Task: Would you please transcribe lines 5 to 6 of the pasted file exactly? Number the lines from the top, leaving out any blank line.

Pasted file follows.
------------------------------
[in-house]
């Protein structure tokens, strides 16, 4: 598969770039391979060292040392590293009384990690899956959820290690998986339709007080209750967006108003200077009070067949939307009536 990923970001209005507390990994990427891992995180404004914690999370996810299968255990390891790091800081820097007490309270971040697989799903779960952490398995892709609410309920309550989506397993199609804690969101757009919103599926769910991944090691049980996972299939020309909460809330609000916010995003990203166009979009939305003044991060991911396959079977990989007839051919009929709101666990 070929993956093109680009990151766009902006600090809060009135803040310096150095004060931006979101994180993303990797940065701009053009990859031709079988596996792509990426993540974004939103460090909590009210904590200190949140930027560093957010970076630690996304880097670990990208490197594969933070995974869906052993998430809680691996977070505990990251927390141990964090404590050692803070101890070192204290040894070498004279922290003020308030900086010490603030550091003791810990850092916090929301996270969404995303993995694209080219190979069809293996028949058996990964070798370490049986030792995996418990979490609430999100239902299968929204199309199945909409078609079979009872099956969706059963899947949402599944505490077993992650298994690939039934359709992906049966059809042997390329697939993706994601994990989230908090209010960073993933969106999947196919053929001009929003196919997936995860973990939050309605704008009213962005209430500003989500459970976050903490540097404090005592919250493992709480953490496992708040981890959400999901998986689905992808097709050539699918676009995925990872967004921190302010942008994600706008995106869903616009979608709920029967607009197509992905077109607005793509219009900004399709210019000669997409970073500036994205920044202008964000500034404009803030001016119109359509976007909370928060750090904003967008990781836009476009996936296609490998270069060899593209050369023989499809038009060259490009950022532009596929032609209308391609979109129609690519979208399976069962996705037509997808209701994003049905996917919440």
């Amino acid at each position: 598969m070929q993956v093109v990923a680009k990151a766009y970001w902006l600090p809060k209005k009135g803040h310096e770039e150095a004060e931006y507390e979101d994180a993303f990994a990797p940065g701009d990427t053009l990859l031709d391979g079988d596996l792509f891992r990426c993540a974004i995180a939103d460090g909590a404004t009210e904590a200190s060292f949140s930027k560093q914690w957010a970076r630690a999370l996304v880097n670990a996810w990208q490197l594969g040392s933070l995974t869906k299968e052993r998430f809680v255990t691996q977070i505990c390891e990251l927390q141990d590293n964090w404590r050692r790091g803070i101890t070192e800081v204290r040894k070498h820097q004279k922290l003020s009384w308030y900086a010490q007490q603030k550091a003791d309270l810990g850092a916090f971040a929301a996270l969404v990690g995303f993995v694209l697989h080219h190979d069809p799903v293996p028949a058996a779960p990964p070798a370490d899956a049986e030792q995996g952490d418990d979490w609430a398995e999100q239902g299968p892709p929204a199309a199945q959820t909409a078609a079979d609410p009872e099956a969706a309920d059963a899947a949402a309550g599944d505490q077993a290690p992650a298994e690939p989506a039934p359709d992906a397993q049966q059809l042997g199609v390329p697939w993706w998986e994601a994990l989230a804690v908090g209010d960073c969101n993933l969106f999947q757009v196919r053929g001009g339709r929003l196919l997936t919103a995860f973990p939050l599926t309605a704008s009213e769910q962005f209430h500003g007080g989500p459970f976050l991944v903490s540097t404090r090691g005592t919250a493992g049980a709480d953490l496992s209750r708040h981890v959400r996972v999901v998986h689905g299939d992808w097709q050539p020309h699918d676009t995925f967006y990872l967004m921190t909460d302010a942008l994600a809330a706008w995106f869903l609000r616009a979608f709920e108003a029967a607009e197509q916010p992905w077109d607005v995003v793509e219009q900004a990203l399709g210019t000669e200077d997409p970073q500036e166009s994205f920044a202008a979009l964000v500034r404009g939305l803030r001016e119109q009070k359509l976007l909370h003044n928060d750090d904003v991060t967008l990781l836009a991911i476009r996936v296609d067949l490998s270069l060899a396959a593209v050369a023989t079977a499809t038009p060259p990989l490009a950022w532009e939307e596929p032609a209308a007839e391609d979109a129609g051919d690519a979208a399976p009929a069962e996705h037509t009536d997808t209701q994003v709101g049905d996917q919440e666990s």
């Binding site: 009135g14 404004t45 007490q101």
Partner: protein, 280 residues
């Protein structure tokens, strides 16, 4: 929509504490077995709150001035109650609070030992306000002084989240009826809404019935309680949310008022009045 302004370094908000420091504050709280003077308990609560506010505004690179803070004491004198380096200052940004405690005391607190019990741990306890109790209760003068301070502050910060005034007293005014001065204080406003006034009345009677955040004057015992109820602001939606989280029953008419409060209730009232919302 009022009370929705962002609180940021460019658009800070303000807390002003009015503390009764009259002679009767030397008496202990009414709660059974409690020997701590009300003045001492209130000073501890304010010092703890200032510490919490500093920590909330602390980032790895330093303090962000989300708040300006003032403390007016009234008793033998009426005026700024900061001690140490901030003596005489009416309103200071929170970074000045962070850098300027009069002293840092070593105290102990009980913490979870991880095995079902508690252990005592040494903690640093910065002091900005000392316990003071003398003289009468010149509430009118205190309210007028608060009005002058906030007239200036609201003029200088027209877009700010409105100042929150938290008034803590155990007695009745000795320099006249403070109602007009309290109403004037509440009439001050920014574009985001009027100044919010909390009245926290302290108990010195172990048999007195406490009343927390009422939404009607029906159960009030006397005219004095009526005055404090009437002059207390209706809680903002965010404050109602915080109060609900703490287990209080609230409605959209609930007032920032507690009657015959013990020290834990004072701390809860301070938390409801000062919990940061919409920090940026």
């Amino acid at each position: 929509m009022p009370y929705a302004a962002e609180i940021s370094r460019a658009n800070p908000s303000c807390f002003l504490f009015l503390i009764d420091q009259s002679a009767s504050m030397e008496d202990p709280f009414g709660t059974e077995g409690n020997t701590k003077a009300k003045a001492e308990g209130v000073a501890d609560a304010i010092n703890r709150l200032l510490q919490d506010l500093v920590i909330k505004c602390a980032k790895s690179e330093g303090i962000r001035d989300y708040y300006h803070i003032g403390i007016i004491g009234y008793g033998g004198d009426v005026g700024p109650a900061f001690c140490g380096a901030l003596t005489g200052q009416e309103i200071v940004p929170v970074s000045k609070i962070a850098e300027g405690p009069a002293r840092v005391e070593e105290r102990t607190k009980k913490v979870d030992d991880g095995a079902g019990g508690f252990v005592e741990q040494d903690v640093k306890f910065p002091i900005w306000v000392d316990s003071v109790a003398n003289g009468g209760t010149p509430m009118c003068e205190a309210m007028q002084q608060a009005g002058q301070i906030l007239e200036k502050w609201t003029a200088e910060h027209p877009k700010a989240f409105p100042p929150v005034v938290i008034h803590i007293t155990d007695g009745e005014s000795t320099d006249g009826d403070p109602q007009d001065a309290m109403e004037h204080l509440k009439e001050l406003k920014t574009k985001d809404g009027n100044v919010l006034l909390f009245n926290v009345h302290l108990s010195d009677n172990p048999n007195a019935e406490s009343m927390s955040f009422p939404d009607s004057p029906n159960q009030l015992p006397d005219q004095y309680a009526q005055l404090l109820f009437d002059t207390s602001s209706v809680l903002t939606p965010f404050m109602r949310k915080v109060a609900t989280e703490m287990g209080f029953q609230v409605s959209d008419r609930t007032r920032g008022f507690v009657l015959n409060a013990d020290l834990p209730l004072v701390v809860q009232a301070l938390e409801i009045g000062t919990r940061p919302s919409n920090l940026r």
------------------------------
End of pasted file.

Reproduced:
Partner: protein, 280 residues
């Protein structure tokens, strides 16, 4: 929509504490077995709150001035109650609070030992306000002084989240009826809404019935309680949310008022009045 302004370094908000420091504050709280003077308990609560506010505004690179803070004491004198380096200052940004405690005391607190019990741990306890109790209760003068301070502050910060005034007293005014001065204080406003006034009345009677955040004057015992109820602001939606989280029953008419409060209730009232919302 009022009370929705962002609180940021460019658009800070303000807390002003009015503390009764009259002679009767030397008496202990009414709660059974409690020997701590009300003045001492209130000073501890304010010092703890200032510490919490500093920590909330602390980032790895330093303090962000989300708040300006003032403390007016009234008793033998009426005026700024900061001690140490901030003596005489009416309103200071929170970074000045962070850098300027009069002293840092070593105290102990009980913490979870991880095995079902508690252990005592040494903690640093910065002091900005000392316990003071003398003289009468010149509430009118205190309210007028608060009005002058906030007239200036609201003029200088027209877009700010409105100042929150938290008034803590155990007695009745000795320099006249403070109602007009309290109403004037509440009439001050920014574009985001009027100044919010909390009245926290302290108990010195172990048999007195406490009343927390009422939404009607029906159960009030006397005219004095009526005055404090009437002059207390209706809680903002965010404050109602915080109060609900703490287990209080609230409605959209609930007032920032507690009657015959013990020290834990004072701390809860301070938390409801000062919990940061919409920090940026």